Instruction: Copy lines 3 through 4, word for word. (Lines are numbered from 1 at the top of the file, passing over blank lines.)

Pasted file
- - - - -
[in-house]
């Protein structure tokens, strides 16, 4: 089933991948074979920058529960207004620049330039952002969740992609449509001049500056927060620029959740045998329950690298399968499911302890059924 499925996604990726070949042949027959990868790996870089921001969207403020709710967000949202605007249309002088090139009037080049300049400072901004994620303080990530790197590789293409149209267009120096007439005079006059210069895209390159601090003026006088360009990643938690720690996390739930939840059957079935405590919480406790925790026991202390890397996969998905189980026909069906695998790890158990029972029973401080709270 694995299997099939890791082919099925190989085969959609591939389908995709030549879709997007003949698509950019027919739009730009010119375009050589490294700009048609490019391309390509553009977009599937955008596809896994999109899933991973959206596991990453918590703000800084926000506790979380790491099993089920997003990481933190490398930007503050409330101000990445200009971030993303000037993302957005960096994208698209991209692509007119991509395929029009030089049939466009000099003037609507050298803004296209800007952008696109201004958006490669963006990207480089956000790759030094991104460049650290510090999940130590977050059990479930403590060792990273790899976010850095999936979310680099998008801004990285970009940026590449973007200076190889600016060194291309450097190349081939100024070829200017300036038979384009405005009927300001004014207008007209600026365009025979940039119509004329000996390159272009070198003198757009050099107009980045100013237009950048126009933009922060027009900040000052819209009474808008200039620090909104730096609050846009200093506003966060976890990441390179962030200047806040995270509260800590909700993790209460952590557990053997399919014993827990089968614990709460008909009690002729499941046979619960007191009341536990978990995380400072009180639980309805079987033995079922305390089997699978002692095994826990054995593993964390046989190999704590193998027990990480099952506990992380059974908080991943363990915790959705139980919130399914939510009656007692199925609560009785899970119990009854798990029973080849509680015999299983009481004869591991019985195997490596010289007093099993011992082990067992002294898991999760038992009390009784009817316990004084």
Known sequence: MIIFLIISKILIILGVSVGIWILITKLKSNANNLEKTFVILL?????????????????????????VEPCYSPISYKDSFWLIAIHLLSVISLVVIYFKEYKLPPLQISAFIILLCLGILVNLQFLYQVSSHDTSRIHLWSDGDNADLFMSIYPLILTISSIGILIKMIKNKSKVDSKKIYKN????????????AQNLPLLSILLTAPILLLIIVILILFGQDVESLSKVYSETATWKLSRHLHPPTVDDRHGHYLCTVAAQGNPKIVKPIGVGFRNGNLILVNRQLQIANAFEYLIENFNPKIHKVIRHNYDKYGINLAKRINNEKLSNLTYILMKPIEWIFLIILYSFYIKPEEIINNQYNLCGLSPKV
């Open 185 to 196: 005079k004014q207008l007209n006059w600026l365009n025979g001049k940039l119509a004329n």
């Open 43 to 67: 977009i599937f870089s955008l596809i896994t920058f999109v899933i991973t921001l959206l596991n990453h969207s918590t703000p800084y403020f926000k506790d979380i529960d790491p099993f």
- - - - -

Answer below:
Known sequence: MIIFLIISKILIILGVSVGIWILITKLKSNANNLEKTFVILL?????????????????????????VEPCYSPISYKDSFWLIAIHLLSVISLVVIYFKEYKLPPLQISAFIILLCLGILVNLQFLYQVSSHDTSRIHLWSDGDNADLFMSIYPLILTISSIGILIKMIKNKSKVDSKKIYKN????????????AQNLPLLSILLTAPILLLIIVILILFGQDVESLSKVYSETATWKLSRHLHPPTVDDRHGHYLCTVAAQGNPKIVKPIGVGFRNGNLILVNRQLQIANAFEYLIENFNPKIHKVIRHNYDKYGINLAKRINNEKLSNLTYILMKPIEWIFLIILYSFYIKPEEIINNQYNLCGLSPKV
């Open 185 to 196: 005079k004014q207008l007209n006059w600026l365009n025979g001049k940039l119509a004329n």